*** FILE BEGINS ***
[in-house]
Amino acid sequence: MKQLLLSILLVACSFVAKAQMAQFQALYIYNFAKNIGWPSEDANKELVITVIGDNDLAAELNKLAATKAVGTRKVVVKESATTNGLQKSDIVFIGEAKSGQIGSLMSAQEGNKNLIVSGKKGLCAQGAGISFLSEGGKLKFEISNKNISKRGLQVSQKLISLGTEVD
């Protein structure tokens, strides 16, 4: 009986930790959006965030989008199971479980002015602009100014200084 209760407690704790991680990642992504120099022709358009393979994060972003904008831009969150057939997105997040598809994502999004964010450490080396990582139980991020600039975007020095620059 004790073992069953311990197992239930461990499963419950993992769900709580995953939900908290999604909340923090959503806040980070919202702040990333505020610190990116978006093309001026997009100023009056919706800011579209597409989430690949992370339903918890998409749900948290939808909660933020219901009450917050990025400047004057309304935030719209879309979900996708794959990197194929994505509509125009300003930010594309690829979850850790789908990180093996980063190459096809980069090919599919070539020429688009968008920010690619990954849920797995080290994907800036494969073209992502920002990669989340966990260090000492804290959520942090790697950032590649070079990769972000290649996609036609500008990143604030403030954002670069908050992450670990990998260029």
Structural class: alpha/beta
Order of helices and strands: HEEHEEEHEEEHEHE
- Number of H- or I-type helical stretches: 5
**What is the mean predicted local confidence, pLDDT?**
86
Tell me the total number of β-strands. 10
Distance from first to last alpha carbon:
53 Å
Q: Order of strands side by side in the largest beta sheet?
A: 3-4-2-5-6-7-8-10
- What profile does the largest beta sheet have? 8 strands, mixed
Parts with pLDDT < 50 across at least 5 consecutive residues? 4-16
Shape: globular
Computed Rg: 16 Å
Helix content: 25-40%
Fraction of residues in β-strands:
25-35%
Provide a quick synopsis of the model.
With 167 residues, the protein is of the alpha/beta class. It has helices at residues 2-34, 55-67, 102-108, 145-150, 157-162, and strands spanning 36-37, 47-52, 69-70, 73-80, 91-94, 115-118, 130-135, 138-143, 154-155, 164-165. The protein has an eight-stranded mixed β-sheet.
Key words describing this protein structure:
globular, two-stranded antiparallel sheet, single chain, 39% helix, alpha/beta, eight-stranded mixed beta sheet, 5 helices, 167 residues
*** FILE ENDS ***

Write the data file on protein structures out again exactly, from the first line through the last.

[in-house]
Amino acid sequence: MKQLLLSILLVACSFVAKAQMAQFQALYIYNFAKNIGWPSEDANKELVITVIGDNDLAAELNKLAATKAVGTRKVVVKESATTNGLQKSDIVFIGEAKSGQIGSLMSAQEGNKNLIVSGKKGLCAQGAGISFLSEGGKLKFEISNKNISKRGLQVSQKLISLGTEVD
């Protein structure tokens, strides 16, 4: 009986930790959006965030989008199971479980002015602009100014200084 209760407690704790991680990642992504120099022709358009393979994060972003904008831009969150057939997105997040598809994502999004964010450490080396990582139980991020600039975007020095620059 004790073992069953311990197992239930461990499963419950993992769900709580995953939900908290999604909340923090959503806040980070919202702040990333505020610190990116978006093309001026997009100023009056919706800011579209597409989430690949992370339903918890998409749900948290939808909660933020219901009450917050990025400047004057309304935030719209879309979900996708794959990197194929994505509509125009300003930010594309690829979850850790789908990180093996980063190459096809980069090919599919070539020429688009968008920010690619990954849920797995080290994907800036494969073209992502920002990669989340966990260090000492804290959520942090790697950032590649070079990769972000290649996609036609500008990143604030403030954002670069908050992450670990990998260029």
Structural class: alpha/beta
Order of helices and strands: HEEHEEEHEEEHEHE
- Number of H- or I-type helical stretches: 5
**What is the mean predicted local confidence, pLDDT?**
86
Tell me the total number of β-strands. 10
Distance from first to last alpha carbon:
53 Å
Q: Order of strands side by side in the largest beta sheet?
A: 3-4-2-5-6-7-8-10
- What profile does the largest beta sheet have? 8 strands, mixed
Parts with pLDDT < 50 across at least 5 consecutive residues? 4-16
Shape: globular
Computed Rg: 16 Å
Helix content: 25-40%
Fraction of residues in β-strands:
25-35%
Provide a quick synopsis of the model.
With 167 residues, the protein is of the alpha/beta class. It has helices at residues 2-34, 55-67, 102-108, 145-150, 157-162, and strands spanning 36-37, 47-52, 69-70, 73-80, 91-94, 115-118, 130-135, 138-143, 154-155, 164-165. The protein has an eight-stranded mixed β-sheet.
Key words describing this protein structure:
globular, two-stranded antiparallel sheet, single chain, 39% helix, alpha/beta, eight-stranded mixed beta sheet, 5 helices, 167 residues